Medical care today is guided by the triple aim of improving the quality of the health status of patient and populations and reducing the cost of care.1 Reducing radiation exposure by avoiding unnecessary computed tomographic (CT) scans is consistent with this triple aim and has been resoundingly endorsed by specialty societies and the Choosing Wisely campaign. Approximately 80 million CT scans are performed annually in the United States2; therefore, decreasing a small percentage of unnecessary CT scans could potentially lead to substantial health care savings and decreased exposure to ionizing radiation, among other benefits.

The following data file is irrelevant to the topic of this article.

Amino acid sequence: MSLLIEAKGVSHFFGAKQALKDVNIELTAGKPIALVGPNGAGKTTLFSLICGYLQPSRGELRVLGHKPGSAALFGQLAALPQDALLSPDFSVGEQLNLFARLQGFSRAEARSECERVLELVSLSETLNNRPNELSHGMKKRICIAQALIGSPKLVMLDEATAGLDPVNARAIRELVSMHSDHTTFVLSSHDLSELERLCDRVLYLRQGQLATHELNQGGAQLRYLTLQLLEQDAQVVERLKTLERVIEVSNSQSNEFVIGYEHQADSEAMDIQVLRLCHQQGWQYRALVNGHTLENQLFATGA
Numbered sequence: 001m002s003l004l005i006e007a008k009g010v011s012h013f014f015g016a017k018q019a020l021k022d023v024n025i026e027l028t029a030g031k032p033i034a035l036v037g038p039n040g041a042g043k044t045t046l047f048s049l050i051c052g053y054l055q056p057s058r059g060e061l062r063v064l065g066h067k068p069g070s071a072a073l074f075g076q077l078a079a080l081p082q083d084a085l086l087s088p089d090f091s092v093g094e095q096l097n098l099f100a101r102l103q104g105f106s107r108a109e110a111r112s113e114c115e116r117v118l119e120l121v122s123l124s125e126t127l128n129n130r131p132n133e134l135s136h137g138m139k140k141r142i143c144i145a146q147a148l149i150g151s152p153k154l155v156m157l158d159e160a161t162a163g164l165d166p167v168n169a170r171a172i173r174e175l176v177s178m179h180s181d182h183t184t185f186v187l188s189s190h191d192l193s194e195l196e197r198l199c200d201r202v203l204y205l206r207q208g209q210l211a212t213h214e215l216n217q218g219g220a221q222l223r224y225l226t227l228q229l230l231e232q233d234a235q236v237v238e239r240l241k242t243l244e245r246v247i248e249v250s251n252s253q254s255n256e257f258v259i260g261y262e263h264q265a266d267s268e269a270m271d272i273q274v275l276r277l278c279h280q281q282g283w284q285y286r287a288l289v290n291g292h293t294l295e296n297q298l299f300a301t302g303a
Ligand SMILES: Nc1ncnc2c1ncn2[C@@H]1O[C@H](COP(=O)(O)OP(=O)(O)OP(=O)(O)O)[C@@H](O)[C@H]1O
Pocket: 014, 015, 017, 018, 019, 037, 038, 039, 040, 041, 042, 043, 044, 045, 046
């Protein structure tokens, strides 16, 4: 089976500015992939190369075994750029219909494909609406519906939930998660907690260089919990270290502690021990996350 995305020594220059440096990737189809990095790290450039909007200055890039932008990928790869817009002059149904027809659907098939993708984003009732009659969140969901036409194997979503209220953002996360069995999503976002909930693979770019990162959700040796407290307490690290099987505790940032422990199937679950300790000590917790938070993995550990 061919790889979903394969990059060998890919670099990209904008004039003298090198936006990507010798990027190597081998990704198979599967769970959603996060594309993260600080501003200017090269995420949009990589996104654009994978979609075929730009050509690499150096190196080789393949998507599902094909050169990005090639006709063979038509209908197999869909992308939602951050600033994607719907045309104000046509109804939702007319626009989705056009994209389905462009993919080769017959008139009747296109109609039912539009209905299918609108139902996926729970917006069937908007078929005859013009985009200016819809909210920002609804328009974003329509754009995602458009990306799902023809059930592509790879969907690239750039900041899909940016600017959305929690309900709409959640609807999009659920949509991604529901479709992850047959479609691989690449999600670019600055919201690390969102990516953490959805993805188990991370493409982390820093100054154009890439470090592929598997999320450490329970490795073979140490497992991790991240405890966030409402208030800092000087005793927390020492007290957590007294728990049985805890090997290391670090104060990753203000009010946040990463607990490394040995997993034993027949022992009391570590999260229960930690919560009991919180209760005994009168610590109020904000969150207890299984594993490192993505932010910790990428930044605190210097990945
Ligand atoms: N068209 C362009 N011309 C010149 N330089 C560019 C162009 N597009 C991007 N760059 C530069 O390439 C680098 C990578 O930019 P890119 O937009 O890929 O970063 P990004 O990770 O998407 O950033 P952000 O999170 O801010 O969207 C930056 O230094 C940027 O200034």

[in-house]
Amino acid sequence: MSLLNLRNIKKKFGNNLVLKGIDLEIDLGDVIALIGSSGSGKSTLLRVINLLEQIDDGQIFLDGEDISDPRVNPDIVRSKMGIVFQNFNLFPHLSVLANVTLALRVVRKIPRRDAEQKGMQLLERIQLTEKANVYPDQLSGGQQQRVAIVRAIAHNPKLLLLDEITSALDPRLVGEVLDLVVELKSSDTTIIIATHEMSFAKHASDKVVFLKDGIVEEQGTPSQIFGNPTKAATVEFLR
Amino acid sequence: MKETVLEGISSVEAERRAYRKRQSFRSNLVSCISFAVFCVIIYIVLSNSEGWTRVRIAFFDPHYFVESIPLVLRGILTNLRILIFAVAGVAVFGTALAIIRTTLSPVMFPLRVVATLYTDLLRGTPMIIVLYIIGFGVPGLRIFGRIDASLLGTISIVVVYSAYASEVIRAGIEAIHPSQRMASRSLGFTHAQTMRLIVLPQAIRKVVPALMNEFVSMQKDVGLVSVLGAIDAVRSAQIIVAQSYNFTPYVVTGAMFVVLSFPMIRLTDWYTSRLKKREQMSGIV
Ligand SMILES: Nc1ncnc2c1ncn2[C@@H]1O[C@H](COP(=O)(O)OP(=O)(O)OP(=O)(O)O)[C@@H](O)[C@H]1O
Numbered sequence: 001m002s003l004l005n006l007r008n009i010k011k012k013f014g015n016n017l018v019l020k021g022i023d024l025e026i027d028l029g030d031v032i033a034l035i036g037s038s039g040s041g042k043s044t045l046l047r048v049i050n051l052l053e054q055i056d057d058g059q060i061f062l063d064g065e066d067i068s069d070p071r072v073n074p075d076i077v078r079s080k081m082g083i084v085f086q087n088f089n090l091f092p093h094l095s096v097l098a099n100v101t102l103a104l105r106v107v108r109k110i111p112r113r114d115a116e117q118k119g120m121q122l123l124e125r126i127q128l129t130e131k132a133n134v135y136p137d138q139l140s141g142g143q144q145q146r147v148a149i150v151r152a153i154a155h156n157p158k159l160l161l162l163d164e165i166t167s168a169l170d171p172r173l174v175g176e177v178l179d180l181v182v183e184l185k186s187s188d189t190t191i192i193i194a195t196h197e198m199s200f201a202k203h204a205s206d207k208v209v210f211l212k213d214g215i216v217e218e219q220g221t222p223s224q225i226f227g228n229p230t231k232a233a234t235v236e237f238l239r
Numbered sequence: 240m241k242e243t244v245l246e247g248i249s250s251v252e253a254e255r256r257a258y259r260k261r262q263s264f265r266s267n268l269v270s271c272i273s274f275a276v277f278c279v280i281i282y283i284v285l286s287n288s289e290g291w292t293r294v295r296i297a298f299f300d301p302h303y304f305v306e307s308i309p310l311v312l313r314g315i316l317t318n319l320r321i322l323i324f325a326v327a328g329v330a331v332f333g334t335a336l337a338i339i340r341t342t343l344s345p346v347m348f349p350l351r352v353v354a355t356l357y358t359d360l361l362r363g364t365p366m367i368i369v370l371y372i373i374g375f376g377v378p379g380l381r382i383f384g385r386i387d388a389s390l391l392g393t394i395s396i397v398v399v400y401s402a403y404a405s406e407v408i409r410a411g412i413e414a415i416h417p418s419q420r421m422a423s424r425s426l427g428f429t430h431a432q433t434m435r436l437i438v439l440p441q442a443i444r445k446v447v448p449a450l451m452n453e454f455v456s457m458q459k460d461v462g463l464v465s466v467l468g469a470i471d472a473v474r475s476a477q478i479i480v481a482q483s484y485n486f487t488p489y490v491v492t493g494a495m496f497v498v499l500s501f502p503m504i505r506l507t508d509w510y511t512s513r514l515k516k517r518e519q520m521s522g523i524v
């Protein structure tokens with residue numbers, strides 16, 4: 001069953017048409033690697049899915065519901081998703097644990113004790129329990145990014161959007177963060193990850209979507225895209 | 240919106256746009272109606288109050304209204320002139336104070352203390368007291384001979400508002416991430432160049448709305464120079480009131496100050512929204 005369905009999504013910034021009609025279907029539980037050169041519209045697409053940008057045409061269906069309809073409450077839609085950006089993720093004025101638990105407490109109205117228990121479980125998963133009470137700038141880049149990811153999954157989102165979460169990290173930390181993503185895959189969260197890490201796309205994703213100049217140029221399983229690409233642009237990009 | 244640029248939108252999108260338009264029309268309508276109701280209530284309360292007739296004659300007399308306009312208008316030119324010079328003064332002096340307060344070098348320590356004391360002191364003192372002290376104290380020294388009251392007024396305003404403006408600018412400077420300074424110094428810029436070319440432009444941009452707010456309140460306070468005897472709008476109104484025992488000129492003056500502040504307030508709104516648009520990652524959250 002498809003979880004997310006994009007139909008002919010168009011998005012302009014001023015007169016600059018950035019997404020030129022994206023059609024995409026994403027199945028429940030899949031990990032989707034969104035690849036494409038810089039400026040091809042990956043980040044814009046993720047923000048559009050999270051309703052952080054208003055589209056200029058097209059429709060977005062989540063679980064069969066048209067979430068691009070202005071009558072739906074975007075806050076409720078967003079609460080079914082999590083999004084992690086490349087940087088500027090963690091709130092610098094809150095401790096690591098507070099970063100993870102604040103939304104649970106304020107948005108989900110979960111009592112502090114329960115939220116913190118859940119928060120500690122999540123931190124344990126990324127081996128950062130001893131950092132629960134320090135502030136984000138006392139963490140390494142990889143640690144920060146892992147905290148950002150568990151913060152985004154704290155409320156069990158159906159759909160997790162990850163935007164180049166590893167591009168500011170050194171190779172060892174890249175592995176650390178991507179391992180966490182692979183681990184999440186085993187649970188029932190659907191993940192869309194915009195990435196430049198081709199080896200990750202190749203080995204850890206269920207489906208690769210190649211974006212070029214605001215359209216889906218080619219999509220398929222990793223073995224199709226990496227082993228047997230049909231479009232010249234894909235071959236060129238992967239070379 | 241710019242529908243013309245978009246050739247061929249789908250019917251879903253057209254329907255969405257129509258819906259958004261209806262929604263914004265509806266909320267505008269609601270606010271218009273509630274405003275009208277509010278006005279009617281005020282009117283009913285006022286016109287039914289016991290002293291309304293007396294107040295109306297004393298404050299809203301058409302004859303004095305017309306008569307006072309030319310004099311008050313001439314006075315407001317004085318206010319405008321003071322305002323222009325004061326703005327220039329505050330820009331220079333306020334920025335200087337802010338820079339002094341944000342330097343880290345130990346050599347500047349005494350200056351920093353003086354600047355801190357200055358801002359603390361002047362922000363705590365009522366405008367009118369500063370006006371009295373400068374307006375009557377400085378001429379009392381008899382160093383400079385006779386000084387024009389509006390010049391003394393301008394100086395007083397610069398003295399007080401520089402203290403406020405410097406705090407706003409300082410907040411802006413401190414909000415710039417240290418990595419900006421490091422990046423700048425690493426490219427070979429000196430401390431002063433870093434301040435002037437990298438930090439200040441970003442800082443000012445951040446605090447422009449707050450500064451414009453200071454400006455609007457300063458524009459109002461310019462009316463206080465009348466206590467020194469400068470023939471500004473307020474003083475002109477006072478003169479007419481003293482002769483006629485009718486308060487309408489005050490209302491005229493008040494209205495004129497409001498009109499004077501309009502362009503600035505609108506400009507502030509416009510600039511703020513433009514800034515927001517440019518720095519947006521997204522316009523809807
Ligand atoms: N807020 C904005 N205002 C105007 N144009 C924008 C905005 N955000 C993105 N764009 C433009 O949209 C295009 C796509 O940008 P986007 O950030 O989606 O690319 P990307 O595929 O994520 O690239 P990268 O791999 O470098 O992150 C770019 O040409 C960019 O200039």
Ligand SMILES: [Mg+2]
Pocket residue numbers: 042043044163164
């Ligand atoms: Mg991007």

Rivara FP, Kuppermann N, Ellenbogen RG. Use of Clinical Prediction Rules for Guiding Use of Computed Tomography in Adults With Head Trauma. JAMA. 2015;314(24):2629–2631. doi:10.1001/jama.2015.17298
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